The particular split President Clinton shows between wife and girlfriend, between raw sexuality and the rest of his life, is not so strange when one thinks of its origins. The sinfulness of sex is a religious theme undiluted by Freud, undiluted by the Enlightenment with its anthropology and its moral relativism. It takes on an aura of cruel Puritan repression. “Don’t” is the operative word, and it is hard for the normally lusty to live with. Something gets distorted in the process. Sin and desire get confused. We are now so well trained not to speak critically of other people’s religious choices that we overlooked the role of this particular religion in Bill Clinton and misunderstood his compulsive womanizing as weakness when it was in fact an expression of religious anguish. When Monica says, “Satan, get thee behind me,” she wants to know if the C.E.O. Demon thinks she looks fat. For Mr. Clinton, the position of Satan is no mere metaphor.

I am not attacking Baptists here. I am simply observing that every culture responds to its unruly sexual impulses in its own way. The hellfire solution does, however, create its own problems. It offers little by way of positive sex education. It demands abstinence. It speaks of sinners and devils that tempt. It creates an environment where sexual problems breed like cockroaches in our urban panties. Think of Martin Luther King Jr. and his transgressions. It must have racked his soul, too. Think of the trashy Paula Jones and the others whose power to arouse the President must have come right from the heart of the sin problem, the need to tempt, the need to fall, the need to be punished for one’s transgressions. If Mr. Clinton told Ms. Lewinsky that he had been struggling with lies and deceit all his life, he meant it. He was caught in the sin-and-redemption game. He could not cleanse himself of guilt. He stopped short of intercourse because of his fear of the hereafter, because he was struggling. It is not nice or reasonable to go around psychoanalyzing public figures, but it is clear that this President was not a happy philanderer or a no-good exploiter of young bodies. Something else, a bigger and more universally meaningful American drama, was going on.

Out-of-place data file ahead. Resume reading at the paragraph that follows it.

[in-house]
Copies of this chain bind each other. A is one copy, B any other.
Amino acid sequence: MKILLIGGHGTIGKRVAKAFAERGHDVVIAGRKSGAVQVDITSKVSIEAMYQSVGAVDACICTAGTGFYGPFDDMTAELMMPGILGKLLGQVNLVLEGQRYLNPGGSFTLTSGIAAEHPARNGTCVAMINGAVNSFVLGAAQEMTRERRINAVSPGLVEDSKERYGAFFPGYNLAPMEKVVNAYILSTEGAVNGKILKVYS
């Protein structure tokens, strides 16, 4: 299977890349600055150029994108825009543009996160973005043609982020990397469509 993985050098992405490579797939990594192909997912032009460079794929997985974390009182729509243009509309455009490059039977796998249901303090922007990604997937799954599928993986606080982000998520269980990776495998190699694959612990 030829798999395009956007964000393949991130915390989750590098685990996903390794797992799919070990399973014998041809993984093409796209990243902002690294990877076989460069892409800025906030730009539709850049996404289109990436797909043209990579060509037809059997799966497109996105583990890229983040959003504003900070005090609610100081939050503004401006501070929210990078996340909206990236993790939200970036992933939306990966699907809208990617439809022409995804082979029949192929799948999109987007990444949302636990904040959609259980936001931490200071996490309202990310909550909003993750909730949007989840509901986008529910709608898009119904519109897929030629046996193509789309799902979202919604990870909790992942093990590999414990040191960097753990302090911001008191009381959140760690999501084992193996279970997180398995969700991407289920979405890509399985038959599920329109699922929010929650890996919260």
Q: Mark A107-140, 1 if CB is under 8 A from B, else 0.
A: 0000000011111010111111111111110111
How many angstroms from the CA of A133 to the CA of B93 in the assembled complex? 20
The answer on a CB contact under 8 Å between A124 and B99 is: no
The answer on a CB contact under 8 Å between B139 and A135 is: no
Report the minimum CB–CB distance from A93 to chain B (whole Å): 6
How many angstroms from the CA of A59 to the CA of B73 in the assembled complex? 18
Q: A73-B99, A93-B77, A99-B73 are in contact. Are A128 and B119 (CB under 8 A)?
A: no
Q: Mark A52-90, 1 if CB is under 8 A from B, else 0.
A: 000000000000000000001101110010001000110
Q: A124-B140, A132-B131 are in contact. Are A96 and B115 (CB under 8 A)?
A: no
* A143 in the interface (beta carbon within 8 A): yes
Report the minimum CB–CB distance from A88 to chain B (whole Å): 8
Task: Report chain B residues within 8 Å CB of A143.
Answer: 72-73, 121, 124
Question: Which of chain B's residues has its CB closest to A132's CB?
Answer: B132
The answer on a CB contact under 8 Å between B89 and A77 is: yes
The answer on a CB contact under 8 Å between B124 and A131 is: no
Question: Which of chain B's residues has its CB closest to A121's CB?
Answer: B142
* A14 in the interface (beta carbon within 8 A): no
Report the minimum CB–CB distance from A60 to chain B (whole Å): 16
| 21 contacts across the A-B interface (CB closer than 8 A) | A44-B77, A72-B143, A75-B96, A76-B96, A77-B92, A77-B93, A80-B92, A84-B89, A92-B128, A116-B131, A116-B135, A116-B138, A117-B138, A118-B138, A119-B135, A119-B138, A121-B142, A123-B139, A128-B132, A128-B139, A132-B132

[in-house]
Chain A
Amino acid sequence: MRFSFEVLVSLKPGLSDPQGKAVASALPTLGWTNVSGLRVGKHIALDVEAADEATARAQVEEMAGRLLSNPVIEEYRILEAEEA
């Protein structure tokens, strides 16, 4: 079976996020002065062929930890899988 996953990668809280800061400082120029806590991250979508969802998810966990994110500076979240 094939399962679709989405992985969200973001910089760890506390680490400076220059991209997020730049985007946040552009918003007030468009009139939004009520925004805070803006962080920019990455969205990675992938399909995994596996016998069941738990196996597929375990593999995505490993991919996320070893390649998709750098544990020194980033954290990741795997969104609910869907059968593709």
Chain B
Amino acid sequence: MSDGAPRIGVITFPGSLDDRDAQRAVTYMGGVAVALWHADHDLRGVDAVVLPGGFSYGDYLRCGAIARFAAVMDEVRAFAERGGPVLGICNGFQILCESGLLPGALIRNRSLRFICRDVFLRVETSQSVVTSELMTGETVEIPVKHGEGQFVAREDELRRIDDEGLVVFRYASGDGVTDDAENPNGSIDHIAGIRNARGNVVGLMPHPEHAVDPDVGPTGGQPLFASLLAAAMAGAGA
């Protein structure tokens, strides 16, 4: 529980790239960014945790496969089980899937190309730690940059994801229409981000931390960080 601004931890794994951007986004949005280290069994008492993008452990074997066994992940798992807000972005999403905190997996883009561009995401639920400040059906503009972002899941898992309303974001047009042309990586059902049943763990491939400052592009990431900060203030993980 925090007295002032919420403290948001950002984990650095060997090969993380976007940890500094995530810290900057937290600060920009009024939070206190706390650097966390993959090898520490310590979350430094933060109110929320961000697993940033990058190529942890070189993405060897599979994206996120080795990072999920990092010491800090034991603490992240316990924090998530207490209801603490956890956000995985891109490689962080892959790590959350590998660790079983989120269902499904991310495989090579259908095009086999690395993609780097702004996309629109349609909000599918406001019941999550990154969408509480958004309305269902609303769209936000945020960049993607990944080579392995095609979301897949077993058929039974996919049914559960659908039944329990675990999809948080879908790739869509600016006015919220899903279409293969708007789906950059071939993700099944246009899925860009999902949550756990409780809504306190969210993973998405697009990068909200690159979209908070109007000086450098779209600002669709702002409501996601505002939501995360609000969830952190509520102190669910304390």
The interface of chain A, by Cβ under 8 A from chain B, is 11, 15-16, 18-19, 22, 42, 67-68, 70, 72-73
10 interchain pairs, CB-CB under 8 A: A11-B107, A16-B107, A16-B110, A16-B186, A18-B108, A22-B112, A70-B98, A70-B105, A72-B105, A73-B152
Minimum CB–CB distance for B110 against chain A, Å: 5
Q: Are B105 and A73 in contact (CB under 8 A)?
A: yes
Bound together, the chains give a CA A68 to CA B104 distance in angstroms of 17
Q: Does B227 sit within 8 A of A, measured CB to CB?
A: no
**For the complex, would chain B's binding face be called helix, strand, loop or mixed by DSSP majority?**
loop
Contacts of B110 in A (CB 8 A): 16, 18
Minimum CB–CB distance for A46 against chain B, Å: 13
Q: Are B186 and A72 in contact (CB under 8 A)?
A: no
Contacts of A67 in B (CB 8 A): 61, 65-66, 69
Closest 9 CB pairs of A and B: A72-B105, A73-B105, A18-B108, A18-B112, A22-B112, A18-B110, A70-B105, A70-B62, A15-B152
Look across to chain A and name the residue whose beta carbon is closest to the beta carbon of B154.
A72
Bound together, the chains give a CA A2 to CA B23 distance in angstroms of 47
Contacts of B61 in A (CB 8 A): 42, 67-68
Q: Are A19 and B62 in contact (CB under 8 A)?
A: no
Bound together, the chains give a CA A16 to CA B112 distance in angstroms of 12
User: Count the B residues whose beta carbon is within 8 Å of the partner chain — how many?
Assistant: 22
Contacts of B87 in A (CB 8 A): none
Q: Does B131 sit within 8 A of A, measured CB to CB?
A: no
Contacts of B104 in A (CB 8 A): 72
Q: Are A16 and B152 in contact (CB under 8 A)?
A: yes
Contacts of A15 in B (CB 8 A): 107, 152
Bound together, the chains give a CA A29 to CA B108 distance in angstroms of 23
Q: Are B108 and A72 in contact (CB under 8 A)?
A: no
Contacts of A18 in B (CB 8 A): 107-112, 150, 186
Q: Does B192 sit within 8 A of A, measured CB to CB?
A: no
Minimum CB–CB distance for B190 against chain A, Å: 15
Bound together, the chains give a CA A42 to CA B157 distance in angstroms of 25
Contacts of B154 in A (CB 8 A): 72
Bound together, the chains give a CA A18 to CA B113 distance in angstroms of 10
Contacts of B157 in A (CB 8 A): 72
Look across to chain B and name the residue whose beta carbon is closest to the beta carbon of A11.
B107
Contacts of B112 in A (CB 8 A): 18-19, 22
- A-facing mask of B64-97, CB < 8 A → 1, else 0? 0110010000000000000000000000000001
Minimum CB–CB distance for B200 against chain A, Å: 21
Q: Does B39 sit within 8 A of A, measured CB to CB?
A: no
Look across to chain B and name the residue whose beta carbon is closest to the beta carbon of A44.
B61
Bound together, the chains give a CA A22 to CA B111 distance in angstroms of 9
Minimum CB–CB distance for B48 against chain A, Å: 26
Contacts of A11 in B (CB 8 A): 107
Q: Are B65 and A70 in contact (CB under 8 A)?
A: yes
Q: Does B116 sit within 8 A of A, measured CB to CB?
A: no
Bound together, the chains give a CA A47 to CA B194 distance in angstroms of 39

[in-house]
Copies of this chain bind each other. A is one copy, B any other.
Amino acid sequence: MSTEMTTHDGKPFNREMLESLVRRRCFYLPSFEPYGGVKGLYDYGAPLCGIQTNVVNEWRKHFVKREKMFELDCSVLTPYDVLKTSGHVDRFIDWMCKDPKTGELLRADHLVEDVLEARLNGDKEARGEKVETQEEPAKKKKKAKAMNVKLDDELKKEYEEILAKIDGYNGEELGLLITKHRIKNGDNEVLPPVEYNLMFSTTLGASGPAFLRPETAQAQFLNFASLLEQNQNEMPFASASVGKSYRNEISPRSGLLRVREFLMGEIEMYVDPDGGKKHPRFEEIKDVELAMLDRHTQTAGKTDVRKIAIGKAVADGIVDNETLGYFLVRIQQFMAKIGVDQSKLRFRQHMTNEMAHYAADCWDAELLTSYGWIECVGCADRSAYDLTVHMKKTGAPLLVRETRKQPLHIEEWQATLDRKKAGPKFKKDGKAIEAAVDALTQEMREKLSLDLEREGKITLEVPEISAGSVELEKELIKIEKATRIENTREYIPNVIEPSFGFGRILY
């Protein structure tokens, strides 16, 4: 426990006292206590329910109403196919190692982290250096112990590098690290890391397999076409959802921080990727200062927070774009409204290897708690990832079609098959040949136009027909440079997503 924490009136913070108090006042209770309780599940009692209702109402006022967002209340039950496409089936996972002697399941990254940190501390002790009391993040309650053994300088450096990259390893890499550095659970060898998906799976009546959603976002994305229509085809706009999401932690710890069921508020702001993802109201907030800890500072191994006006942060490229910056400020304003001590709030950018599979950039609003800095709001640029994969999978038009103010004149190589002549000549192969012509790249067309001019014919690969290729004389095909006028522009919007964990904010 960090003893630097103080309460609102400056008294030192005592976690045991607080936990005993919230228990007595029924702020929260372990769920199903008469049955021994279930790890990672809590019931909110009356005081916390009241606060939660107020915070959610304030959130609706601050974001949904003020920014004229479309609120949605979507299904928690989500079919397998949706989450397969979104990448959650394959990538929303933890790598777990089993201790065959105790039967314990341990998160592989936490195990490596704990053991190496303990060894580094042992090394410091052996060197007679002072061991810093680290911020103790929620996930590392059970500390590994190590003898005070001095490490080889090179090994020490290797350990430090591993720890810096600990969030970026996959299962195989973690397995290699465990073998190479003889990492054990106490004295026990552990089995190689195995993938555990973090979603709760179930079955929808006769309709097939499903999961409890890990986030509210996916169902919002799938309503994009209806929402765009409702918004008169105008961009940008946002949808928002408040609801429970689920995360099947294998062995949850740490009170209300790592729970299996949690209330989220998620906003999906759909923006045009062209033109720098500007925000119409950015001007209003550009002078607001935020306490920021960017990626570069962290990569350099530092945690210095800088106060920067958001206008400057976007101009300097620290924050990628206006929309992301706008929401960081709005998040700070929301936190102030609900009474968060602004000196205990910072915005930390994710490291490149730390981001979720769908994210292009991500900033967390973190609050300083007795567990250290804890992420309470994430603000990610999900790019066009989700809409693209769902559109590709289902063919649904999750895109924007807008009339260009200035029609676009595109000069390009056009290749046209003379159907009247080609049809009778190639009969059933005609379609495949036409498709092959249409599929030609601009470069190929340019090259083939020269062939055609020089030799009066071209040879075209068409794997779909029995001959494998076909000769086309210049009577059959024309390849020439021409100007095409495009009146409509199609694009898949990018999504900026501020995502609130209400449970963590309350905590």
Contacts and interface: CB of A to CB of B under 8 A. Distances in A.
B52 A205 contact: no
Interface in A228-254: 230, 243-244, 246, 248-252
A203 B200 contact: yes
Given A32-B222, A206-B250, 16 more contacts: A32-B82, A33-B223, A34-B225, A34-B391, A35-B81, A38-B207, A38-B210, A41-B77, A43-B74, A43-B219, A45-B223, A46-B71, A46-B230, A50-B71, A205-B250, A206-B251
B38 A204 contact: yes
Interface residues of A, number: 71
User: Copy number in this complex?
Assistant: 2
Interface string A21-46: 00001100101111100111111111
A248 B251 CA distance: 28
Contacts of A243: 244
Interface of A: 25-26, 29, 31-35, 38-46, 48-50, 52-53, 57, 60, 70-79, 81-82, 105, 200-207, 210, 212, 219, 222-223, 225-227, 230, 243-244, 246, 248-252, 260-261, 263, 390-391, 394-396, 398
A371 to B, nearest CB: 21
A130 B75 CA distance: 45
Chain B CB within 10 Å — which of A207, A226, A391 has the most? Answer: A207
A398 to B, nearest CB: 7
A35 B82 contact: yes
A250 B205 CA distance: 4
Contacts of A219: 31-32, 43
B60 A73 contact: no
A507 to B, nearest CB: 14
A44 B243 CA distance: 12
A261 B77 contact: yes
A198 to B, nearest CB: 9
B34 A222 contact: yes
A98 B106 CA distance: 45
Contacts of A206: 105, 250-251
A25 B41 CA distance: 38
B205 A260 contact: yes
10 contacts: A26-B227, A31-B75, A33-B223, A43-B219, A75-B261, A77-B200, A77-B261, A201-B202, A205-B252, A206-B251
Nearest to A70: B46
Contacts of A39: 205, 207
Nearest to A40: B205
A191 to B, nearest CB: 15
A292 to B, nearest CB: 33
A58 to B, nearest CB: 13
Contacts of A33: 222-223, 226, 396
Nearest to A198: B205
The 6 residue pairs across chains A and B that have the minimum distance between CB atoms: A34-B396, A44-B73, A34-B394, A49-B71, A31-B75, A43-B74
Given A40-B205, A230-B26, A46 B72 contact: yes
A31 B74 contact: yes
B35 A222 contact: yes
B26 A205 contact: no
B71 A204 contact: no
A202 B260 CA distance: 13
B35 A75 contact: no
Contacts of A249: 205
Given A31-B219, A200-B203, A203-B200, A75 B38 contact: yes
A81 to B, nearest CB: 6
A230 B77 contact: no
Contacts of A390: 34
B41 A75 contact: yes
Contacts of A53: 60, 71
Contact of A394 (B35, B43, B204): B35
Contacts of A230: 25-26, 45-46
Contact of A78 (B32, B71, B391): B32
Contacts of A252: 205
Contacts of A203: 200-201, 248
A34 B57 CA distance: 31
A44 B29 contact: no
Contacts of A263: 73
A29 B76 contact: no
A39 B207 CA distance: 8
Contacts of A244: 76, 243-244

When I watched attractive Monica, I saw that she was caught by her own immorality. She imagined neither the feelings of others nor the consequences for the public. Her absence of sexual guilt was in stark contrast to the President’s. Monica is Self run rampant, desire and sexuality given free rein and clothed in teenage language of love and crush. Bill Clinton, on the other hand, gives us Crime and Punishment, American version. Baptist religion comes down so hard on the individual sexual urge and in such a way that the President can go to Oxford and Yale, read the French philosophers and go to the cinema instead of the movies, and still remain the little boy the Devil wants for his own. This is not fun. Not for him, at any rate.